- A drug developed by Blueprint Medicines helped reduce symptoms of patients with a slow-moving, early form of the rare disease systemic mastocytosis in a Phase 2 trial, positioning the company to ask for regulatory approval later this year.
- Patients who received Blueprint’s drug Ayvakit and supportive treatment experienced a meaningful reduction in symptoms after six months, compared to a placebo and additional care. Study participants who received Ayvakit had scores on a test measuring those symptoms decline by about 16 points, while placebo patients’ scores fell by roughly nine points after six months.
- Ayvakit met all of the study’s secondary goals as well, and both mild and serious side effects were more common in the control group. Blueprint said the results will support an application to expand the drug’s use beyond the much smaller number of patients with advanced disease, for whom it was initially approved last June. But shares fell more than 20% as analysts questioned the magnitude of the drug’s benefit as well as its commercial prospects.
Over the past two years, Blueprint brought its first two drugs to market — Ayvakit and a cancer drug called Gavreto — and has since expanded use of each through secondary approvals.
The company has said it plans to stay independent and is taking steps towards that goal, including making its first acquisition last year and, more recently, shoring up its cash reserves through two creative financing transactions.
But Blueprint still isn’t making money. The company recorded a net loss of $644 million last year and lost another $265 million through the first half of 2022. Gavreto sales to date suggest the drug’s launch isn’t yet profitable, SVB Securities analyst Andrew Berens wrote in a note earlier this month. Ayvakit, meanwhile, generated about $53 million in net revenue in 2021.
Amid a sector-wide downturn, shares in the company have lost nearly 40% of their value this year.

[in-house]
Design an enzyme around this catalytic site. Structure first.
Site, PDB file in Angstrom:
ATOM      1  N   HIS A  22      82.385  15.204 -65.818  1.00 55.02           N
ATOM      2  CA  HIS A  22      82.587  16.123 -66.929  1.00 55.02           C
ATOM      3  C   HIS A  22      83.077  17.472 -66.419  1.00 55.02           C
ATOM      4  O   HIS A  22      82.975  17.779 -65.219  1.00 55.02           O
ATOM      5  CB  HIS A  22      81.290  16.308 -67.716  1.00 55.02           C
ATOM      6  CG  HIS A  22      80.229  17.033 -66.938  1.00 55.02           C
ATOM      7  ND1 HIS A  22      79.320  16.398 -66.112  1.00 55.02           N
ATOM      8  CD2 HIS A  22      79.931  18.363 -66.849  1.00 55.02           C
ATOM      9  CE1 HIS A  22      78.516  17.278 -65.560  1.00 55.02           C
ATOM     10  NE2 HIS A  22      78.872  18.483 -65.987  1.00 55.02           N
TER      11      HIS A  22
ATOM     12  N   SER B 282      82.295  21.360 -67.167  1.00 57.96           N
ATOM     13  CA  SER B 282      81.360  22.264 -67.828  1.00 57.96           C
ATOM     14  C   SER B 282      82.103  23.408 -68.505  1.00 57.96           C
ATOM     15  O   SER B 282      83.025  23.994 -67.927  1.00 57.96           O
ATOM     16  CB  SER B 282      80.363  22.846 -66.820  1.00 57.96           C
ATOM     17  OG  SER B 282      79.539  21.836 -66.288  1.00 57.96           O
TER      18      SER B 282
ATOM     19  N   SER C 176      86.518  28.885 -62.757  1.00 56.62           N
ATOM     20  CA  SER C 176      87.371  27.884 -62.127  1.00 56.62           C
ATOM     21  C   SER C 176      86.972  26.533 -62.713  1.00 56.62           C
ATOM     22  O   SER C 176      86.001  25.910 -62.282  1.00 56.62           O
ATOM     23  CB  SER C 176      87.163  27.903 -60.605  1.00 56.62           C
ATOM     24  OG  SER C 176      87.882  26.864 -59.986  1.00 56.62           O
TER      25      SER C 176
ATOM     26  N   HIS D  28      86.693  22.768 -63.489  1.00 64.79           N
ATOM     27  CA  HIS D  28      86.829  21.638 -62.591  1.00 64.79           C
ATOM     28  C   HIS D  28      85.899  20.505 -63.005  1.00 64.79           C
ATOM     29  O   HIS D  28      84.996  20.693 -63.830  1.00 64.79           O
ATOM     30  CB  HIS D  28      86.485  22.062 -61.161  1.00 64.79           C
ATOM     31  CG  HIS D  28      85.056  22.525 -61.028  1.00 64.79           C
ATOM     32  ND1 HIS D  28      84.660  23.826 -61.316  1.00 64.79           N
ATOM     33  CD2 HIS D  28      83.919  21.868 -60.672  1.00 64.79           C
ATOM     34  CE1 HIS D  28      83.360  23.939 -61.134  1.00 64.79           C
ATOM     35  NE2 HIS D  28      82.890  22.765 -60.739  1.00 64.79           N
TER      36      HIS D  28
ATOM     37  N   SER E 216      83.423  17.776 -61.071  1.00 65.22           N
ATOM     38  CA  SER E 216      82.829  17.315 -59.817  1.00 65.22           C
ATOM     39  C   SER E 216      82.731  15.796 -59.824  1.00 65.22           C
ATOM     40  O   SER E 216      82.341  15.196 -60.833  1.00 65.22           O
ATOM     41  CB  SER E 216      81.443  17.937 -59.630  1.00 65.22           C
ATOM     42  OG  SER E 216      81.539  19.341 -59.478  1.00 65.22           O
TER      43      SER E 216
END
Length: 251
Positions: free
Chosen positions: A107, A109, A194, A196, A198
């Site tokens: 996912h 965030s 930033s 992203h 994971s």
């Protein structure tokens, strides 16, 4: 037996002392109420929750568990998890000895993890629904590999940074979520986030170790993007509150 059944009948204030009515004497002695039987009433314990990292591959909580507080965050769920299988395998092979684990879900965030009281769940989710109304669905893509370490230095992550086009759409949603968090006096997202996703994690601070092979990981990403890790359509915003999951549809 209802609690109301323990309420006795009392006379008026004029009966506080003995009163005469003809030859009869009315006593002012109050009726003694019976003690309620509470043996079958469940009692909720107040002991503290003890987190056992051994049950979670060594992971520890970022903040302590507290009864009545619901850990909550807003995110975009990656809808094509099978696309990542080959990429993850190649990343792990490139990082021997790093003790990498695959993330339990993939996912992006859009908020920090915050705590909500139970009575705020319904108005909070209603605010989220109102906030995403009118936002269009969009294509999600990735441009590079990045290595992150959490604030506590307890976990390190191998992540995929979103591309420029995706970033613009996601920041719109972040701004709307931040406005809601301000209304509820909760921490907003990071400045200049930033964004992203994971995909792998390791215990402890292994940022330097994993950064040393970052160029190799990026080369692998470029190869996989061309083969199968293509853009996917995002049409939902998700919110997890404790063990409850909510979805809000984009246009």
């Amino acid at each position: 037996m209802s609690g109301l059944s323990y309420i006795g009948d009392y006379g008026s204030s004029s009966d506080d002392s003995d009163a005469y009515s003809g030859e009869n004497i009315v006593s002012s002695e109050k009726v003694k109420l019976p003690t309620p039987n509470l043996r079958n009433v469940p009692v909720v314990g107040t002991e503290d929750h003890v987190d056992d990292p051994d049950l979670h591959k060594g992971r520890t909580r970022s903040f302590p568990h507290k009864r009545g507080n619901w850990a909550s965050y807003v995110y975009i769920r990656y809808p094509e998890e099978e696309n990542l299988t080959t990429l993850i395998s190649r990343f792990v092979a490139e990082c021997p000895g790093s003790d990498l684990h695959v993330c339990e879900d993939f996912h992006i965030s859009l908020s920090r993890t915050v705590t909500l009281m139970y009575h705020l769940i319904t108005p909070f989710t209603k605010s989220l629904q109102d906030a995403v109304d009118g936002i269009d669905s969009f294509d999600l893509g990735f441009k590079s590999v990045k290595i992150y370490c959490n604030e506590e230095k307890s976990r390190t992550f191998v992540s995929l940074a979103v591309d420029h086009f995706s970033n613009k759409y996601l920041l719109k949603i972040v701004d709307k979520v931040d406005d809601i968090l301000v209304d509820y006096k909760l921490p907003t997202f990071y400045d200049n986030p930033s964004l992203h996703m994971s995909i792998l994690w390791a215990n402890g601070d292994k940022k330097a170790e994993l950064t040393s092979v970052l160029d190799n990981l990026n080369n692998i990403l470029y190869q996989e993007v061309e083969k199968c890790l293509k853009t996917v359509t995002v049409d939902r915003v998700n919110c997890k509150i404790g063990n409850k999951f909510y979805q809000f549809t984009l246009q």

An approval of Ayvakit in ISM — a condition characterized by the abnormal proliferation of mast cells in certain organs — could help lift the company. Blueprint estimates 90% to 95% of the roughly 32,000 systemic mastocytosis patients in the U.S. have the indolent form, or ISM, for which there are no approved medicines capable of changing the disease’s course. Berens projects Ayvakit, if approved for ISM, could generate $1.3 billion in peak yearly sales from that indication alone.
Ayvakit’s goal in the Phase 2 trial was to outperform placebo at alleviating the constellation of unpredictable, but potentially severe, symptoms of ISM, among them pain, brain fog and abdominal issues. Treatment succeeded on that measure, as symptom scores fell by about 16 after 24 weeks and by 20 points after 48 weeks. At the start of the trial, patient scores were on average about 50 points.
The drug also hit six secondary objectives, such as reducing levels of mast cells in the bone marrow and relieving patients’ most severe single symptom.
According to Blueprint, serious side effects were more than twice as common in the placebo group (11%) than among those who received Ayvakit (5%). There were no instances of intracranial bleeding events, which had been a concern with the drug. Nausea and headache were more frequent among placebo recipients, while peripheral edema occurred more commonly among those receiving Ayvakit.
Blueprint could still face commercial challenges if Ayvakit is approved in ISM. The drug costs more than $300,000 per year in advanced disease, a life-threatening condition. Indolent disease, by comparison, is “predominantly life-altering,” Berens wrote, which is why investors surveyed by SVB expect the company to face “increased commercial scrutiny by payers and providers.”
Wall Street analysts also questioned the magnitude of the drug’s benefit. Stifel analyst Bradley Canino noted the results were below investors’ high expectations and may not be strong enough to end the commercial debate. Christopher Raymond, of Piper Sandler, added that the roughly 31% reduction in symptom scores Blueprint reported “barely” cleared the 30% threshold for clinical significance set by the company and outside experts.
”We think it may be an uphill battle for [Ayvakit] to see broad adoption in ISM patients,” particularly if it’s given the same price it has in advanced disease, Raymond wrote. “The door remains wide open for a better mousetrap.”
Shares of Cogent Biosciences, which is developing a rival ISM drug that’s in Phase 2 testing, climbed as high as 16%.
In an email, Blueprint spokesperson Andrew Law said that, while it’s premature to discuss pricing in ISM, “in the coming months we plan to engage with healthcare providers and payers to share the data and get input on our strategy.”
Editor’s note: This story has been updated to reflect company stock prices Wednesday morning and to include commentary from analysts.